Friday, December 14, 2012

Greek Olympics

The disease of Chanuka is Competition. I´m only good if I´m better than you.

The Greeks were the founders of the Olympics. Their philosophy was that a person is only worth something in comparison to someone else. Life is all about competing and winning.

Looking the best, acting the best, being the fastest, the smartest, the prettiest. That´s all that matters.

The Parsha tells us that Yosef had chen, charm. He had a unique form of beauty and attraction that stood out. Yosef was also the only person that the Torah has ever referred to as a tzaddik. This is because he lived alone in Egypt, with no one to compare himself to. He was just, well, Yosef.

Humankind often projects women with flawless skin, big eyes, full lips, small nose, pure white teeth, smooth and shiny hair, curvy body, wearing size 0 designer clothes, and they portray them as being happy because of those qualities and possessions.
They portray men as tall, with smooth skin, six packs, perfectly square jaws, with any woman at their disposal, quite literally at their disposal, stepping into their luxury car of choice,  and they define that that is what makes a man happy.

Society is extremely successful in being able to brainwash people into believing they should look a certain way, act a certain way, or be a certain someone, when in reality every single one of us is diferent. People are born to be different; no two of us are the same. We have different mindsets, different personalities, different emotional makeups, different intellectual capacities, different needs, different desires, different backgrounds, different strengths and weaknesses, different opinions, and different experiences. Even identical twins are different from one another.
There´s only one way in which we´re all the same: We´re all flawed human beings. We have defects and flaws that were given to us to improve and perfect them, in order to help us each fulfill our own individual missions in life.

Society likes to categorize people, with the intention of causing us to believe that we have fewer rights to be happy because we do not fit into the idealistic lifestyle. This is the reason that so many men and women hide away from society, and grow up thinking that there´s something wrong with them. This is also why a disproportionate amount of men and women carry the number of their local plastic surgeons in their back pockets.
Comparing ourselves to others is a sure way to knock our self esteems down to the ground, trample on them, and hose them down the drain.

There will always be those who are ´better´than us, and those who are ´worse´than us. Denying this, and trying to live the life of the subject of our envy,  will cause us to start wishing we were different people, causing thoughts of worthlessness and hopelessness.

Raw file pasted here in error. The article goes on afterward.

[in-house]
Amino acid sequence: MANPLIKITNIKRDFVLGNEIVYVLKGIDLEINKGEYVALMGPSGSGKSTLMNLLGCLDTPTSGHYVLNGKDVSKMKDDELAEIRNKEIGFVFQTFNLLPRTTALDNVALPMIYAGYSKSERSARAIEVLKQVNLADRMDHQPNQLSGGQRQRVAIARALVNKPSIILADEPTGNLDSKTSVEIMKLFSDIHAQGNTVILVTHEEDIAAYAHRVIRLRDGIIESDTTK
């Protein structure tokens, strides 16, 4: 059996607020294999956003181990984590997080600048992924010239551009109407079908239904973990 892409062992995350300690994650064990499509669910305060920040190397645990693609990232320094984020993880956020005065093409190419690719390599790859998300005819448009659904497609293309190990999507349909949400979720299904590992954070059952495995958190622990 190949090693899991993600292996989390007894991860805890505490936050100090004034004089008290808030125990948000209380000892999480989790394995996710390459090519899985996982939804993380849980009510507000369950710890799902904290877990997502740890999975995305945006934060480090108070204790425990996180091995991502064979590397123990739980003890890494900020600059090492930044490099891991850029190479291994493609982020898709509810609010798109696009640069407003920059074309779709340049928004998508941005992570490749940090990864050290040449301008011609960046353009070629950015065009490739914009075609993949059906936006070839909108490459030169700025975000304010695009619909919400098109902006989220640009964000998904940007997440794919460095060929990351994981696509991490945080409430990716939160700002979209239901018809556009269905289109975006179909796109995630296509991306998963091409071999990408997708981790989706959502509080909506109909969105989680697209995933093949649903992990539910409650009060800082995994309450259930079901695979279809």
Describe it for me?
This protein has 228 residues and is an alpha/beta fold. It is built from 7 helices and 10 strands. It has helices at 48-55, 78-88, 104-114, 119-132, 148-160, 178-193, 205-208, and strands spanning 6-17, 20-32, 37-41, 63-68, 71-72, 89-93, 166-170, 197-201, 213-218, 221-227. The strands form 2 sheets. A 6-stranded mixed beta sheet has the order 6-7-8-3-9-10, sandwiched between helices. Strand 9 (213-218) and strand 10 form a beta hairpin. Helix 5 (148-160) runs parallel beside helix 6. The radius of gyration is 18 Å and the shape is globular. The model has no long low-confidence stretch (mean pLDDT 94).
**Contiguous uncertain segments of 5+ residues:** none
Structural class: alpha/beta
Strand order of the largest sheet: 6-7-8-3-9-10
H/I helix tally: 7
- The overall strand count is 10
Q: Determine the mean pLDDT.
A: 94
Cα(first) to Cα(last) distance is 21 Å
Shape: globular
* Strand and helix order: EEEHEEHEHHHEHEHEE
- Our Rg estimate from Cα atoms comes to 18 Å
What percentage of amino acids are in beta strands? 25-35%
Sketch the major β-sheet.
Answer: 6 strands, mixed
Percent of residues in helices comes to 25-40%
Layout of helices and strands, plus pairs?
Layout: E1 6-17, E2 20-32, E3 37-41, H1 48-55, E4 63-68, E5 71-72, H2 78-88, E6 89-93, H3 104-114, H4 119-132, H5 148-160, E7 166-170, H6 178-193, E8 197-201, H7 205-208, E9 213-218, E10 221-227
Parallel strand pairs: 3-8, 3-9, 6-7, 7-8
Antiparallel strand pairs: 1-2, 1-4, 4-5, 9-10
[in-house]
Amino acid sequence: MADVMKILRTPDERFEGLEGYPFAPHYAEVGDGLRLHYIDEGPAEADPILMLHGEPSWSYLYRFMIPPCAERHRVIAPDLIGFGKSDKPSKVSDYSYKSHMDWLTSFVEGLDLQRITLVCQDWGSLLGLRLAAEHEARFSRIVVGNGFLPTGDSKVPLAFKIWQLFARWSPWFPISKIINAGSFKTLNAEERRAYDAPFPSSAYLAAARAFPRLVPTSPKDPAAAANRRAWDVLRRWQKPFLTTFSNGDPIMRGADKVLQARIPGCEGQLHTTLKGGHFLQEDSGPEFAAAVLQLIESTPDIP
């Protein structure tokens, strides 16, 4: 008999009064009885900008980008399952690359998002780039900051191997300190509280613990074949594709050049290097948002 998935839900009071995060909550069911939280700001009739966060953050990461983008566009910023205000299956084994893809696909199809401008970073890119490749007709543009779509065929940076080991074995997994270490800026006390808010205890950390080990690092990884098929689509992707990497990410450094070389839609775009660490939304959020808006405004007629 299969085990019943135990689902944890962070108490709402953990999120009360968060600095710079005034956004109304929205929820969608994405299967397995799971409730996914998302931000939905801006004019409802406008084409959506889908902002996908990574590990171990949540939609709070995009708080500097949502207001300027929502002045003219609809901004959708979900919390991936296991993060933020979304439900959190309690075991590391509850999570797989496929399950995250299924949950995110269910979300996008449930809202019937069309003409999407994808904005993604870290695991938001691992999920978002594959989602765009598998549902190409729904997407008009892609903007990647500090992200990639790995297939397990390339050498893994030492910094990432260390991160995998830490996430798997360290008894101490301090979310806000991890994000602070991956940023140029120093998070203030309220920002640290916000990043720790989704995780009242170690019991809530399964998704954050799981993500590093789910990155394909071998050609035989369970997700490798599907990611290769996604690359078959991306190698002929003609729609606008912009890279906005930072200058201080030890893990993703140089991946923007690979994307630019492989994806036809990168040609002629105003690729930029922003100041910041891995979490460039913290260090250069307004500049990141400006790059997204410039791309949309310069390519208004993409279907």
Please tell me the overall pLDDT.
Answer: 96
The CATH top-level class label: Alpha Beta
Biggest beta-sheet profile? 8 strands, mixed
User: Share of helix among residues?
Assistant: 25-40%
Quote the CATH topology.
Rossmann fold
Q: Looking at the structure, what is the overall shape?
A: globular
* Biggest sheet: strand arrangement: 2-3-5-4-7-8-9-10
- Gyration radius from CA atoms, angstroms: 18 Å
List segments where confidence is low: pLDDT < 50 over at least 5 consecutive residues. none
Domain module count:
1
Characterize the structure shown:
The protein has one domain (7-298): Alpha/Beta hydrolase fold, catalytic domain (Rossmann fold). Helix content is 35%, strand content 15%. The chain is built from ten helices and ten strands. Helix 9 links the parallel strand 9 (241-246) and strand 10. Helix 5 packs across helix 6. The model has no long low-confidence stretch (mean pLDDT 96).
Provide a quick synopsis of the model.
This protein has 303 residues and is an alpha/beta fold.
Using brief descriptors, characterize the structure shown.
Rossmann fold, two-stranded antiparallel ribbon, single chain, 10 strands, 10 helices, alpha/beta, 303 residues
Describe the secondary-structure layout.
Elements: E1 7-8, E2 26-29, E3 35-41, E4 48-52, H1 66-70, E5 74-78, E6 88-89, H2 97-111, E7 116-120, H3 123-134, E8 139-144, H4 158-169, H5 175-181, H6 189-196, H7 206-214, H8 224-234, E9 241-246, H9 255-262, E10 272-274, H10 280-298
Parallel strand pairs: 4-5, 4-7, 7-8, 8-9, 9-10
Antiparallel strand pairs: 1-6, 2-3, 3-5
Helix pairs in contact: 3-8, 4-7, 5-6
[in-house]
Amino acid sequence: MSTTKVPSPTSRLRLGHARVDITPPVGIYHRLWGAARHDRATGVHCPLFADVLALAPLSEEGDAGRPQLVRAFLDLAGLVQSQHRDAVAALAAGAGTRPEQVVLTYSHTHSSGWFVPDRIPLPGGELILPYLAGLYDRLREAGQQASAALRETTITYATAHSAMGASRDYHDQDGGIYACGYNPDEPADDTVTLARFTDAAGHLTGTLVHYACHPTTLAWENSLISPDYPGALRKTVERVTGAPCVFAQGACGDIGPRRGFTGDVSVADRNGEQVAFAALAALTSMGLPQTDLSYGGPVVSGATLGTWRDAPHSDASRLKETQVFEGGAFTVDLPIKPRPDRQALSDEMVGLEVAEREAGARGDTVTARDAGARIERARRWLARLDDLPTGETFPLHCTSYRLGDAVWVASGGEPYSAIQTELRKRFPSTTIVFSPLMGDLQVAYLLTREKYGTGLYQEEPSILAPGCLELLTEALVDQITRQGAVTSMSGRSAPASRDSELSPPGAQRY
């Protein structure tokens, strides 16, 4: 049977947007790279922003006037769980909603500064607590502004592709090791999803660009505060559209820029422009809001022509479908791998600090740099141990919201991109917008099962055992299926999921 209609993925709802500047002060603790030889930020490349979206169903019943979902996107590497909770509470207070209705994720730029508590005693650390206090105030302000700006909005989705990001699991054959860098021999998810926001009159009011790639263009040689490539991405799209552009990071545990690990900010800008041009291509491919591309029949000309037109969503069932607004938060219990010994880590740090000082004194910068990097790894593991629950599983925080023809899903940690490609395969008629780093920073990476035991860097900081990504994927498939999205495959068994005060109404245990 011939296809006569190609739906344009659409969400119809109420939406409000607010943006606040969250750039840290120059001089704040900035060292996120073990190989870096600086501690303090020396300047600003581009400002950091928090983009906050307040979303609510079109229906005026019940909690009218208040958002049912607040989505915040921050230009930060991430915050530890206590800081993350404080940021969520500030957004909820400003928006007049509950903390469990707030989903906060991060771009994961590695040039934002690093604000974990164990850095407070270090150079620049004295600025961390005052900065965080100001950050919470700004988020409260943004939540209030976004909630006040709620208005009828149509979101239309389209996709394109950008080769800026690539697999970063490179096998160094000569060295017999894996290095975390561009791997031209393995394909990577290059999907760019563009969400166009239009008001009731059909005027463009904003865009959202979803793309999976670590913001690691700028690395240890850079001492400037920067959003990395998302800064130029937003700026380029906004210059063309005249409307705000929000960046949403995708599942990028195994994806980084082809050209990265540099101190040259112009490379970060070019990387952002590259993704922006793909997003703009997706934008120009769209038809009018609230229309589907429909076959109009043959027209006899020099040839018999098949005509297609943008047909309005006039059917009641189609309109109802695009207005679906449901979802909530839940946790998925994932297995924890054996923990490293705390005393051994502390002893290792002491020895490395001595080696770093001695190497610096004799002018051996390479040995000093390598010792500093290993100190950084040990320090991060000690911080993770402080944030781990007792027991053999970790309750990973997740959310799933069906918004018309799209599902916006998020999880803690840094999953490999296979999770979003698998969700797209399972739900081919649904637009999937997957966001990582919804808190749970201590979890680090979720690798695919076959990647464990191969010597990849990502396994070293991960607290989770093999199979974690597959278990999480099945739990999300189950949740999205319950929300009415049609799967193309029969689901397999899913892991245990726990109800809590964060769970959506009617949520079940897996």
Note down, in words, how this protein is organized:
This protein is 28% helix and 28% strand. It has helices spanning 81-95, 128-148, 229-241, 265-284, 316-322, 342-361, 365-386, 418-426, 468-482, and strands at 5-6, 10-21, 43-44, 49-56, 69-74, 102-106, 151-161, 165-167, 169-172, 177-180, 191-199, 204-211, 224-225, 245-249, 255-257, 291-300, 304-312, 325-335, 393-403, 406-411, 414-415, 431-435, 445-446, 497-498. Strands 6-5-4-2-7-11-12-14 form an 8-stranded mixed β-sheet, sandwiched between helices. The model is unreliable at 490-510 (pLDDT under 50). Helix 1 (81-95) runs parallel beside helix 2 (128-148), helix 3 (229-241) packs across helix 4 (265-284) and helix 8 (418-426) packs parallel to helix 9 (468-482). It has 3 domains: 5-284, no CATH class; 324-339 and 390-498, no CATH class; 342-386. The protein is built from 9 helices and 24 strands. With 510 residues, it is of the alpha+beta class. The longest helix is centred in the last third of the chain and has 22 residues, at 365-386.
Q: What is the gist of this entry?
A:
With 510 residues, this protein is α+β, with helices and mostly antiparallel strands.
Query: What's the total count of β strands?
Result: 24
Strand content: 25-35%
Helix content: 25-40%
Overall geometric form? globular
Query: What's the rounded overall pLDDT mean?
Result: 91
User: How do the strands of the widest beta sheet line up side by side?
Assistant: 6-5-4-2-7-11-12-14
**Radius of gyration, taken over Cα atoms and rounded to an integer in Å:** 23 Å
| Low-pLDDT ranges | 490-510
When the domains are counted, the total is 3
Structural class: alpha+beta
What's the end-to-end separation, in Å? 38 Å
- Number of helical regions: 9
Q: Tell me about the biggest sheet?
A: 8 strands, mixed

Here´s the main problem I see evolving from this. By trying to parallel or match another person, I still come up short of being them, but at the same time I´m coming up short of being ME. I´m not living their life, and I´m not living my life. So, am I even living? Breathing doesn´t mean I´m living. It means I´m alive. There´s an entire world of difference between being alive, and actually living.

Weighing ourselves against another, takes us nowhere, wastes a lot of time and energy, and puts us in an emotionally and psychologically awful place. As Albert Einstein so wisely quoted, “Everybody is a genius. But if you judge a fish by its ability to climb a tree, it will live its whole life believing that it is stupid.”

Contrary to  Greek ideology, Judaism teaches that the result of something is not what´s important, but rather the effort and motivation put into the act.  Pirkei avos explains: ¨L´fum tzaara agra¨ The harder the effort, the greater the reward.
A parent  who´s interested in teaching their child to be confident and healthy, will never tell them ¨I´m proud of you because you´re the best in your class¨, but rather, they´ll tell them ¨I´m proud of you because you really tried your best¨.

We all have intrinsic value as individuals. We´re not only good just in comparison to others.
The proof of this is another lesson from our sages: ¨Lo Alecha Hamelacha Ligmor¨, It´s not up to you to finish the task. What is up to me is to start it, and to give it my absolute best.

The Miracle of Chanuka is not just that we were a tiny army who won over a much more powerful one. It was an internal war that we won. It was a battle of  confidence and assurance. The Greeks tried to remove everything we stood for; everything that made us unique:

Shabbos, kashrus, bris milah, limud Torah, and rosh Chodesh.

These are five Mitzvos that are absolutely unique to the Jewish people. To replace these spiritual activities, they tried enticing us with their external enterprises fueled by competition and vanity.  But we didn´t fall for it! We stood up to fight! We fought against a life of externality! We fought against a life of competition! We fought against a life of emptiness!

And we won.

So when we celebrate Chanuka, we´re embracing our uniqueness. We´re recognizing our individuality and accepting the essence of who we are.

It´s no coincidence that the main character of the parsha this week is Yosef, who had reached spiritual perfection, being the solitary person to earn the title tzaddik. He achieved that by having no one to compare himself to, and therefore being able to use his own potential by being true to himself.

Chanuka means that the only person I need to be better than, is the person I was yesterday.

Have a beautiful shabbos, a happy Chanuka, and a chodesh tov!